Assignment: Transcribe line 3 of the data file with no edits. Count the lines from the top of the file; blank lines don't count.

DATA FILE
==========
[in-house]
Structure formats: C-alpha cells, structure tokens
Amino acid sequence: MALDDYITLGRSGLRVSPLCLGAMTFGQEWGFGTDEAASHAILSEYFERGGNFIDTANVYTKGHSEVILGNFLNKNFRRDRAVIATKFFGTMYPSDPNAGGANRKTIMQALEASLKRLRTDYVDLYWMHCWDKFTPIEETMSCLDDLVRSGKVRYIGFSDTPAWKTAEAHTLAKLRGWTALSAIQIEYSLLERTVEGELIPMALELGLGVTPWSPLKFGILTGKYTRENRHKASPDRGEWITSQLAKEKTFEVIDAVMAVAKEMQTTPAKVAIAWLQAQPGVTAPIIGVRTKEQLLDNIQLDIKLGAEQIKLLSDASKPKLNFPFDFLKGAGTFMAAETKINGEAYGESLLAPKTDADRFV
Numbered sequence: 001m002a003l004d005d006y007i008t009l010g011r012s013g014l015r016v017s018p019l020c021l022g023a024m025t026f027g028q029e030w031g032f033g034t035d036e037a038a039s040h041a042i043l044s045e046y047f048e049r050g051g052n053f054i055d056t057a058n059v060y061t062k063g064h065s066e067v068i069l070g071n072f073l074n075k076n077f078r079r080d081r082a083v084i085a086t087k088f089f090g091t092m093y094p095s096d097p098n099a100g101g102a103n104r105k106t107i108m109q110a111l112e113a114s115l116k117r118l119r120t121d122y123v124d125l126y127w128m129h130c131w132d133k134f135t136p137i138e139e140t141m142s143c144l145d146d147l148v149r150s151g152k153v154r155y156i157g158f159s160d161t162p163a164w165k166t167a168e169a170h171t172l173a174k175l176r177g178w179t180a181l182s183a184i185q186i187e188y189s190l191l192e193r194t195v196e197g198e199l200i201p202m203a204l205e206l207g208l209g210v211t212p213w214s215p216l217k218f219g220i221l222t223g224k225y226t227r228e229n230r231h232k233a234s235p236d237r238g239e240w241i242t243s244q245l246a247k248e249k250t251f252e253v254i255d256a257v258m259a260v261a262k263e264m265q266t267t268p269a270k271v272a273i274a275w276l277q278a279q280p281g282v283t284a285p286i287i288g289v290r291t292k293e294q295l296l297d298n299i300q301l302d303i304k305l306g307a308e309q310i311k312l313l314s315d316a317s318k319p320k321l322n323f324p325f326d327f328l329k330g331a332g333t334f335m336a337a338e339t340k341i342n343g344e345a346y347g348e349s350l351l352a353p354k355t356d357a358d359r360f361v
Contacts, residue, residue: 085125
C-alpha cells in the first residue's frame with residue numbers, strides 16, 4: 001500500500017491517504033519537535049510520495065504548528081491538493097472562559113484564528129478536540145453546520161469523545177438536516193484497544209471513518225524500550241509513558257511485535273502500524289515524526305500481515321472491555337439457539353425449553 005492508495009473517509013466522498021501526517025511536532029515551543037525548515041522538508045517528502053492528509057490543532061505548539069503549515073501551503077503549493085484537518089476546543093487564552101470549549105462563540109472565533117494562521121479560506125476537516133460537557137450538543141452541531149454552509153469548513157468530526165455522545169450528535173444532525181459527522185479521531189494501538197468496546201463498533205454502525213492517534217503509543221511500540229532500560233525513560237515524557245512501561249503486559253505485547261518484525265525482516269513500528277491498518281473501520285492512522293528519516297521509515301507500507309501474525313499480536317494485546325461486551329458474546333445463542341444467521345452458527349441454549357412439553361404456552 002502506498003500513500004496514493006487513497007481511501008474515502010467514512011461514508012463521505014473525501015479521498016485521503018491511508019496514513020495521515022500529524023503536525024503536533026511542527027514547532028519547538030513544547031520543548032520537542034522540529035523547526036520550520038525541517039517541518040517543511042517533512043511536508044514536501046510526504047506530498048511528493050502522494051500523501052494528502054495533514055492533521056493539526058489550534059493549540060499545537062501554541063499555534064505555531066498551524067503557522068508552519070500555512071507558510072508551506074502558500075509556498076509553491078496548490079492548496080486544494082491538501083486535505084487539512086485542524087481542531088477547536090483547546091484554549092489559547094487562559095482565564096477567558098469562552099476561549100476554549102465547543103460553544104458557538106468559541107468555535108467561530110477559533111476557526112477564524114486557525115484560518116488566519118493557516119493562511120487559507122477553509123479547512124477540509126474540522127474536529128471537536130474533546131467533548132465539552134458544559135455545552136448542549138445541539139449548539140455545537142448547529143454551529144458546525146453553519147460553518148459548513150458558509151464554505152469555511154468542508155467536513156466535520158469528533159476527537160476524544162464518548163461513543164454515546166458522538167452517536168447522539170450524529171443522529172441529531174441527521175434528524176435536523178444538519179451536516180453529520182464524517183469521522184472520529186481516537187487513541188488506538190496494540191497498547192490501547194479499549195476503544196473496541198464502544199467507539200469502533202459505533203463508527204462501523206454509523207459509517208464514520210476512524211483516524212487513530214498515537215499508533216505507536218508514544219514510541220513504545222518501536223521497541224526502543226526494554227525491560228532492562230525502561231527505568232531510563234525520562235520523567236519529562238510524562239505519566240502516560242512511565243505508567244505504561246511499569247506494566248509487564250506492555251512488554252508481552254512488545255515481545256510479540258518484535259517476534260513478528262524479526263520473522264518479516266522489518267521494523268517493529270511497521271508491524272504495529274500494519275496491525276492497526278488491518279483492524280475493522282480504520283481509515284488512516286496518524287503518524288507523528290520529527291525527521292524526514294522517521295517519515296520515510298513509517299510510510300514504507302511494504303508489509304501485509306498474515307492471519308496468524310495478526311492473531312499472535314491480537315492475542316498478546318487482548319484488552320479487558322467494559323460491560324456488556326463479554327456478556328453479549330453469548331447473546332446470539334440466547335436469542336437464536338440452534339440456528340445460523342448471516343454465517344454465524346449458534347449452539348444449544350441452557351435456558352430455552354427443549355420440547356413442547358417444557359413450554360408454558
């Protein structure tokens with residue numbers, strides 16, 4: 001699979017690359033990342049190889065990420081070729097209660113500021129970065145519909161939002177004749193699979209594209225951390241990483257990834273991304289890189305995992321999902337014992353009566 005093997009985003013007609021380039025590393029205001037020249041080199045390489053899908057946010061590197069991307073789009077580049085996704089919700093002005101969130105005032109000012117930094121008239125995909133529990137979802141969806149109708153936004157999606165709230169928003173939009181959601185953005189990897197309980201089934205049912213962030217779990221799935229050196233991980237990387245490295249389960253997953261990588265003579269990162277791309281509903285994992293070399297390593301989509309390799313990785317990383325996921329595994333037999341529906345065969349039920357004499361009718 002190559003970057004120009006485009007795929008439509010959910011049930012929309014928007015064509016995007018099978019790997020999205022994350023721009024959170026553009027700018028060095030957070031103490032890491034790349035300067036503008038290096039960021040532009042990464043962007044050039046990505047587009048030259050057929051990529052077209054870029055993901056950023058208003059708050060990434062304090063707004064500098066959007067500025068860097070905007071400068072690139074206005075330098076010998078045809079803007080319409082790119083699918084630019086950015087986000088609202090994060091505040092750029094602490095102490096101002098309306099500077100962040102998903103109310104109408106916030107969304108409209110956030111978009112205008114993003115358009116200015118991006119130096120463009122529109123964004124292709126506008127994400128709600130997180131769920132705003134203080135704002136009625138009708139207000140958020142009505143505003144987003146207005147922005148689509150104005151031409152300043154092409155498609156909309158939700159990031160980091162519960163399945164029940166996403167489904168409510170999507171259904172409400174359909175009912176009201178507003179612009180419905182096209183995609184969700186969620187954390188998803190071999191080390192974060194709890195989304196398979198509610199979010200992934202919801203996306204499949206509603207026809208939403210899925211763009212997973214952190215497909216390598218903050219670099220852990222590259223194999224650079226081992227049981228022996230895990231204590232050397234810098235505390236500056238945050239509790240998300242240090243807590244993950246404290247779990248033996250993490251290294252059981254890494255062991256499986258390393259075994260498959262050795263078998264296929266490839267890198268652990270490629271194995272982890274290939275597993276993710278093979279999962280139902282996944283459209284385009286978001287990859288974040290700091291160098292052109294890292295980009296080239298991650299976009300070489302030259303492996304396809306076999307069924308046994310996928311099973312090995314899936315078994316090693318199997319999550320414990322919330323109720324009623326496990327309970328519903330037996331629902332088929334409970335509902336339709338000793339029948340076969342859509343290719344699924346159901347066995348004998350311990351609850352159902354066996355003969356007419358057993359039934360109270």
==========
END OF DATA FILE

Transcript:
Amino acid sequence: MALDDYITLGRSGLRVSPLCLGAMTFGQEWGFGTDEAASHAILSEYFERGGNFIDTANVYTKGHSEVILGNFLNKNFRRDRAVIATKFFGTMYPSDPNAGGANRKTIMQALEASLKRLRTDYVDLYWMHCWDKFTPIEETMSCLDDLVRSGKVRYIGFSDTPAWKTAEAHTLAKLRGWTALSAIQIEYSLLERTVEGELIPMALELGLGVTPWSPLKFGILTGKYTRENRHKASPDRGEWITSQLAKEKTFEVIDAVMAVAKEMQTTPAKVAIAWLQAQPGVTAPIIGVRTKEQLLDNIQLDIKLGAEQIKLLSDASKPKLNFPFDFLKGAGTFMAAETKINGEAYGESLLAPKTDADRFV